Resident Evil 5: Desperate Escape is the next one from previous vignettes released in the past month that expands on the backstory of Resident Evil 5. Both of these downloadable add-ons will be included with Resident Evil 5 Gold Edition which hits stores on March 9th. As we mentioned in our review of the previous add-on, Resident Evil: Lost In Nightmares, it may be worth holding off on the downloadable content (DLC) for now in order to get your hands on the Gold Edition — especially if you haven’t played RE5 yet or if you’ve sold your original disc.
While the previous expansion was in many ways a throwback to the original PlayStation Resident Evil titles — set in an uncannily-familiar mansion with a focus on puzzle-solving in lieu of combat — Desperate Escape sticks to the Resident Evil 5 formula: limited ammo, unlimited zombies (or “near-zombies”) and some cinematic explosions thrown in for good measure.
The story follows series regular Jill Valentine and BSAA agent Josh Stone, an ancillary character from RE5, as they make their titular escape from the African Tricell stronghold. Events in the DLC are concurrent with the latter portion of the Resident Evil 5, so you’ll get to see Sheva Alomar and Chris Redfield in small cameos. It’s not exactly a tale that will give series fans something to debate at the next convention, but it does fit snugly into canon in addition to providing the setup for an epic near-zombie massacre.
The setting is a somewhat rehashed industrial fortress that retains a familiar feel throughout, although it at least partly redeems itself with some unique challenges. The lion’s share of the action takes place amidst a labyrinth of rocket turrets, where you’ll not only be forced into constant cover by said turrets, but your cover will be endlessly compromised by a stream of various Majini warriors, big and small. It’s quite a gauntlet, and this sort of chaos is great for co-op play (online and split-screen co-op play is available). A computer-controlled ally is not much help in the all-out war zone, but you’ll be able to use some of the same tricks from RE5 to make it through: keep all the big guns; use your partner as a pack mule; keep feeding your partner handgun ammo, etc.
If you were disappointed, like I was, with a lack of gunplay in the last round of downloadable content, Desperate Escape ditches the weak stuff (puzzles, atmosphere) in favor of pure action. Even fans — myself included — have to admit that shooting is not Resident Evil 5’s strong suit, so if you’ve had enough of the retro-feeling, stop-and-pop action then you probably won’t enjoy this installment’s heavy emphasis on headshots and volatile barrels (pro tip: Tricell should cancel their red explosive barrel contract ASAP!). To get some sense of how much head-popping you’ll be doing, one relatively easy Achievement / Trophy requires you to defeat 150 enemies, and with the game clocking in at just over an hour, that’s a lot of bubbling corpses.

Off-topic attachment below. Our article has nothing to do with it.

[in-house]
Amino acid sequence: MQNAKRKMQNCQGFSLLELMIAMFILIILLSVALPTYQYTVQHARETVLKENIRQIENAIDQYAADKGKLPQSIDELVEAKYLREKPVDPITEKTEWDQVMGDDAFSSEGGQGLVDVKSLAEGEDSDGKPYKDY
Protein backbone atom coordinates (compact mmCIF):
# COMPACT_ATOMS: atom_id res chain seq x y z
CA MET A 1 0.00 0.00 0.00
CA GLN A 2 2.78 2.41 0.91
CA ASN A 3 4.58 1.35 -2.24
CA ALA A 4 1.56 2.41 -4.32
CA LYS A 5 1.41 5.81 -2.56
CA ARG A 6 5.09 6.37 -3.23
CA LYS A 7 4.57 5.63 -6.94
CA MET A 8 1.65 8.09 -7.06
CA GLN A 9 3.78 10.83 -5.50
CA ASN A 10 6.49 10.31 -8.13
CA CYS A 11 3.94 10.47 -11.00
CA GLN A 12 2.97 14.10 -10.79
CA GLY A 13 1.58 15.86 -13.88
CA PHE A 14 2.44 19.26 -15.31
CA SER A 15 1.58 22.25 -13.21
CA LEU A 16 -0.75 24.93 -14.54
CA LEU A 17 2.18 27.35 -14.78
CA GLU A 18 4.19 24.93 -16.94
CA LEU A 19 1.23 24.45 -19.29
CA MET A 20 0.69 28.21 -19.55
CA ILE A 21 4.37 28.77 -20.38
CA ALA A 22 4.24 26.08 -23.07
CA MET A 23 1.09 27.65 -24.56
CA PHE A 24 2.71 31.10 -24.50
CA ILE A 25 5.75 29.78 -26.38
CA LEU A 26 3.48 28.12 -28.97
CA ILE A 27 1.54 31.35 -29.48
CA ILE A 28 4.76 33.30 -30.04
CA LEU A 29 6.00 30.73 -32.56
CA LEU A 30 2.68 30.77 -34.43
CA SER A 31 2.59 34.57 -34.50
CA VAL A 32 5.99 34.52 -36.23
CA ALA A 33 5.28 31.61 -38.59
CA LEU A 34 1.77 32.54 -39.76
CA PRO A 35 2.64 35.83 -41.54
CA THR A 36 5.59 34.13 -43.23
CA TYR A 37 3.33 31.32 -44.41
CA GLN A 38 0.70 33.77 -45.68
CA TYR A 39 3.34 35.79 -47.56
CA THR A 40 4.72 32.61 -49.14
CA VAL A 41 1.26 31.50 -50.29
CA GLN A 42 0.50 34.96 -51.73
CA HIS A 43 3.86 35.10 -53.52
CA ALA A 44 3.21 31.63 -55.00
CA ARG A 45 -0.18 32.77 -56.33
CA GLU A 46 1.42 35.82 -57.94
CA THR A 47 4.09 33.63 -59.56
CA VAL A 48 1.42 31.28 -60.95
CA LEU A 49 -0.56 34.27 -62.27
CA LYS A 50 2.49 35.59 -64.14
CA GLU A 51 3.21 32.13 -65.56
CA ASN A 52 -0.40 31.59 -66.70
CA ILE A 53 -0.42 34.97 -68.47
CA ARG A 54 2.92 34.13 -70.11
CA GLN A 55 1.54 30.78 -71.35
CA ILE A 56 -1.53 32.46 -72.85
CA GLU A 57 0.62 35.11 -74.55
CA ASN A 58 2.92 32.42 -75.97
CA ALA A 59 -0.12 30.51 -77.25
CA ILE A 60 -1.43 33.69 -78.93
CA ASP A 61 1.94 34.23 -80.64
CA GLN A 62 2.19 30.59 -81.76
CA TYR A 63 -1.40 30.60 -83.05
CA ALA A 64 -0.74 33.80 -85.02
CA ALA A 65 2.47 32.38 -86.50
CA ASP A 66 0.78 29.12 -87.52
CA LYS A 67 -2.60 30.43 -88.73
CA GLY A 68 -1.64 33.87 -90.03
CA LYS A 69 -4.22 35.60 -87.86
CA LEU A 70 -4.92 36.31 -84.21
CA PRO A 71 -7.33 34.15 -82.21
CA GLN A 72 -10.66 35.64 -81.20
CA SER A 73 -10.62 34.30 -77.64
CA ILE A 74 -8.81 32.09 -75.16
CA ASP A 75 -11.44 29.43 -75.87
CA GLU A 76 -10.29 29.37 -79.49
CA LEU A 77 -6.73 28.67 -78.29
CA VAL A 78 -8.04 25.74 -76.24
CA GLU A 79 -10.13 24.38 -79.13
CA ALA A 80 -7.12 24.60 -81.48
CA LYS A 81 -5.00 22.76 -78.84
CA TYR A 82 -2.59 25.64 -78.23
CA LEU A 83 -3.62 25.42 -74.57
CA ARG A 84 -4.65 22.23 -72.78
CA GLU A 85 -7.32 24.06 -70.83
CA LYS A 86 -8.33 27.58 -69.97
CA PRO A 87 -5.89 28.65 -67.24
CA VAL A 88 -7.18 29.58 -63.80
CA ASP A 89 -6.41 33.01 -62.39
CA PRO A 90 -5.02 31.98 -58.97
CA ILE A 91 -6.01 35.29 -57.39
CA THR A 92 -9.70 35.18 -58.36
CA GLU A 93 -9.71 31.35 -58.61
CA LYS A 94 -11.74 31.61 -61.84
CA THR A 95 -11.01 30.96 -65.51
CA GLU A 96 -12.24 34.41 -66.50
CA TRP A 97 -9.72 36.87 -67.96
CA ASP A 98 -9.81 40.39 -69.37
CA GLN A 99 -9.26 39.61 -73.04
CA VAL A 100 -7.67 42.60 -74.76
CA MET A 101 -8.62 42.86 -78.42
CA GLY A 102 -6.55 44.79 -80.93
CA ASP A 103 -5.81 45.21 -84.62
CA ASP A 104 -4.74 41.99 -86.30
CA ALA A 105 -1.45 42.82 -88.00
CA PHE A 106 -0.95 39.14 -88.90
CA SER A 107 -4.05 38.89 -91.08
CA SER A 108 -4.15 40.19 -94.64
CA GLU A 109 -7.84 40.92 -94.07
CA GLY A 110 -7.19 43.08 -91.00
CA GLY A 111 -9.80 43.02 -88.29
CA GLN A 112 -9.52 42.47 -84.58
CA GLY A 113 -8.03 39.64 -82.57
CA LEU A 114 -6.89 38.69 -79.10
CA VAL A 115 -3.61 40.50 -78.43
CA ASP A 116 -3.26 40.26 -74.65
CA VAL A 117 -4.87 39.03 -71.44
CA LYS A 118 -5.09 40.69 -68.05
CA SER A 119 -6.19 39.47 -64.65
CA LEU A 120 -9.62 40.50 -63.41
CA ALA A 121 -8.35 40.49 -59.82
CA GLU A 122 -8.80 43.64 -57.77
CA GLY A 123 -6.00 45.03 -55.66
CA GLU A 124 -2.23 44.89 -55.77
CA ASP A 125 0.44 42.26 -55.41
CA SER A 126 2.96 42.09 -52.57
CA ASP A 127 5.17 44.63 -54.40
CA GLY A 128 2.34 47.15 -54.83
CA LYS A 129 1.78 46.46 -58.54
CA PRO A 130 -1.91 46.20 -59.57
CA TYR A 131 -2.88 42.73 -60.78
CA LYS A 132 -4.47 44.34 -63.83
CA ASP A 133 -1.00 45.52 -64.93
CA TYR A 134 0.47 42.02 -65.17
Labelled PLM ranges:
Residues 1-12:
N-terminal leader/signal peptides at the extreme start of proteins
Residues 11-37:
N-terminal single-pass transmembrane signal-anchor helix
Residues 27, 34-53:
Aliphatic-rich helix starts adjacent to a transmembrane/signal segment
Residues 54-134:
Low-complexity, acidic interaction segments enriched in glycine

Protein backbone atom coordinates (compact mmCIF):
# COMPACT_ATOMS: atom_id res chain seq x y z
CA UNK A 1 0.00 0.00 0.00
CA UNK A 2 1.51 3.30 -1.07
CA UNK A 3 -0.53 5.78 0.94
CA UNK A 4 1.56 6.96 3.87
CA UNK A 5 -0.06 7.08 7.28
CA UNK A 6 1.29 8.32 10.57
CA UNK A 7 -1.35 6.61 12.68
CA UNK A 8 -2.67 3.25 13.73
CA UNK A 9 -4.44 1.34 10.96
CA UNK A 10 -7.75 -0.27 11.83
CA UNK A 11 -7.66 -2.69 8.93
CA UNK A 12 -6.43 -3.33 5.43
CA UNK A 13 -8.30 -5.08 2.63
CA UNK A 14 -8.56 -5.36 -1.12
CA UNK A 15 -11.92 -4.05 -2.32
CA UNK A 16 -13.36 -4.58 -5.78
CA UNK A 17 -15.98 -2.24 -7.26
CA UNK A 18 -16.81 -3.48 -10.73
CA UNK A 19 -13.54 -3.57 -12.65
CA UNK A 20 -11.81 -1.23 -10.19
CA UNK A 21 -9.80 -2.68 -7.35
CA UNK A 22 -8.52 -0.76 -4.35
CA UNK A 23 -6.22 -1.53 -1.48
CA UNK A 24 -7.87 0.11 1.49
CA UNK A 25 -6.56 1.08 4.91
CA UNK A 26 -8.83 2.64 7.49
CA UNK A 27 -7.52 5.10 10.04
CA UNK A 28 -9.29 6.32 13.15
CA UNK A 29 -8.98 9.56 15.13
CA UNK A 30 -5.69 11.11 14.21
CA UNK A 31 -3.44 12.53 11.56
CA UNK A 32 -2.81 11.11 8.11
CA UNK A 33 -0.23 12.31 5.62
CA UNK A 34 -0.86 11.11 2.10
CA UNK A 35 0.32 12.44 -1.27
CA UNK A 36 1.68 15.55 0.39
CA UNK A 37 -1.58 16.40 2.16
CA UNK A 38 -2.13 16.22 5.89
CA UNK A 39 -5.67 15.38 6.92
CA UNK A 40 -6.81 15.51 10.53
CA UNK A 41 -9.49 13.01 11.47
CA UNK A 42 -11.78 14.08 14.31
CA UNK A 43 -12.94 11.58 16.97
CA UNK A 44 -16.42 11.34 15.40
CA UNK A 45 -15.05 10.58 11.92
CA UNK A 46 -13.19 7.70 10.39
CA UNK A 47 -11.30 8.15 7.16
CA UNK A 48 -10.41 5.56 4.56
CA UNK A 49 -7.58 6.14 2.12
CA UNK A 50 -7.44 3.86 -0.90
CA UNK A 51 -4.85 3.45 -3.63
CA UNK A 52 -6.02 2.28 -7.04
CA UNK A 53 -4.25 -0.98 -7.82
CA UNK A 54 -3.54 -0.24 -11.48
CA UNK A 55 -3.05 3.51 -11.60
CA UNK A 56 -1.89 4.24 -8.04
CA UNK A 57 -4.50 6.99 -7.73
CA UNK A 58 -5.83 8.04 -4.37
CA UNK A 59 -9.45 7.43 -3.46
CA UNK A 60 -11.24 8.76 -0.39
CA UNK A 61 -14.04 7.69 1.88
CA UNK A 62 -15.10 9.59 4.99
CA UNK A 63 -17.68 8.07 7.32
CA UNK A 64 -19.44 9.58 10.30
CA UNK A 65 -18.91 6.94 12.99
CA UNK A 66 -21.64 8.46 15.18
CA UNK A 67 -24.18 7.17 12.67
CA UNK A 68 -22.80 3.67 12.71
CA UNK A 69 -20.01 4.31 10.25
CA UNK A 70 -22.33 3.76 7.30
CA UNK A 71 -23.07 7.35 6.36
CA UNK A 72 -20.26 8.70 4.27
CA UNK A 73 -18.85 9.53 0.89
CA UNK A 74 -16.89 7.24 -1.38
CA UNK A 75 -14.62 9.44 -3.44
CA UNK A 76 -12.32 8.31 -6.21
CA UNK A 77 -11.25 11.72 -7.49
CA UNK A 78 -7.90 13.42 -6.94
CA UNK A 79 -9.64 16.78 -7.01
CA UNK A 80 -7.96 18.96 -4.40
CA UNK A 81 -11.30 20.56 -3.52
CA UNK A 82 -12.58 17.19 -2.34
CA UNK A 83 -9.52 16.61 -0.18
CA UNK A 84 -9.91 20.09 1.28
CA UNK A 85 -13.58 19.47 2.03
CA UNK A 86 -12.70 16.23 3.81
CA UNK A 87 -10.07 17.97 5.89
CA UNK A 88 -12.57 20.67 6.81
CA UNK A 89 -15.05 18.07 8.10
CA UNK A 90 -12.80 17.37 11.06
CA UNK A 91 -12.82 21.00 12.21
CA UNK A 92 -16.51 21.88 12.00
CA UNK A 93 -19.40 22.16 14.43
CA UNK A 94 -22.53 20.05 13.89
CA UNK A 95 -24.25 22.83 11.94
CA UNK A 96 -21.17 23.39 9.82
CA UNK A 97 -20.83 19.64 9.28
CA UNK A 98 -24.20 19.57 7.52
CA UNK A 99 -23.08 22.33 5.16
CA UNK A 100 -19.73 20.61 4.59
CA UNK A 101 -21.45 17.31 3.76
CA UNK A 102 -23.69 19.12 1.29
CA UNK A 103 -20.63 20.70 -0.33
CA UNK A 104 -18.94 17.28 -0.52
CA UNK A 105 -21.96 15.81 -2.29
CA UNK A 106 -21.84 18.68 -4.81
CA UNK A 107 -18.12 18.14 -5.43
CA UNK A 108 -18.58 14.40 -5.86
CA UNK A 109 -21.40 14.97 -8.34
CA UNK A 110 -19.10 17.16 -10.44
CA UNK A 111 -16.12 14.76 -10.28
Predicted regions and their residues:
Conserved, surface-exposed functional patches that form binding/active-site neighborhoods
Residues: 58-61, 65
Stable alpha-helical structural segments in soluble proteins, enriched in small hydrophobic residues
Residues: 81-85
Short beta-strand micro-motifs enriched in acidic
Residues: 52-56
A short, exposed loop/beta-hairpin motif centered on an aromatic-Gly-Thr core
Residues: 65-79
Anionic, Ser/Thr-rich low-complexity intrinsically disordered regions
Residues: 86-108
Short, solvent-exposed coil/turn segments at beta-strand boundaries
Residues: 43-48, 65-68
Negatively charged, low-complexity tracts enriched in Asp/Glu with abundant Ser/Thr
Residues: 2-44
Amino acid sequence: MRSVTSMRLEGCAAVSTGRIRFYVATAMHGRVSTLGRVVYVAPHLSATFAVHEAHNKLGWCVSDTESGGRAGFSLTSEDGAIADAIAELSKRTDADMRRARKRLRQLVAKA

Unfortunately there’s no memorable boss fight or even a single new enemy to be dismembered in Desperate Escape. You’ll see the same cast of characters from Resident Evil 5: the masked chainsaw maniac; the hammer-wielding executioner; the Frenchman with a Gatling Gun (he has a beret). The whole affair — thanks in no small part to a helicopter countdown finale — feels more like a prolonged round of The Mercenaries than a mini-campaign.
In addition to the story mode you’ll also gain access to the arcadey Mercenaries Reunion mode in which you shoot enemies and rack up points before a timer expires. Two characters are unlocked with this DLC pack while six more are unlocked by purchasing additional packs. The two characters included in Desperate Escape are Resident Evil 0’s Rebecca Chambers, who has an awesome shotgun, and RE5’s Josh Stone who packs a varied arsenal that includes a rocket launcher.
Despite Desperate Escape’s well-crafted action sequences, I actually found myself missing the unique vibe of Lost in Nightmares. The dynamic between Jill and Josh isn’t particularly thrilling, and the one-liners, banter and endearing kitsch are kept to a minimum. As made apparent by the comments on our last review, Resident Evil 5 has a loyal fan base, and if you liked everything about that game, this is a short but sweet extension.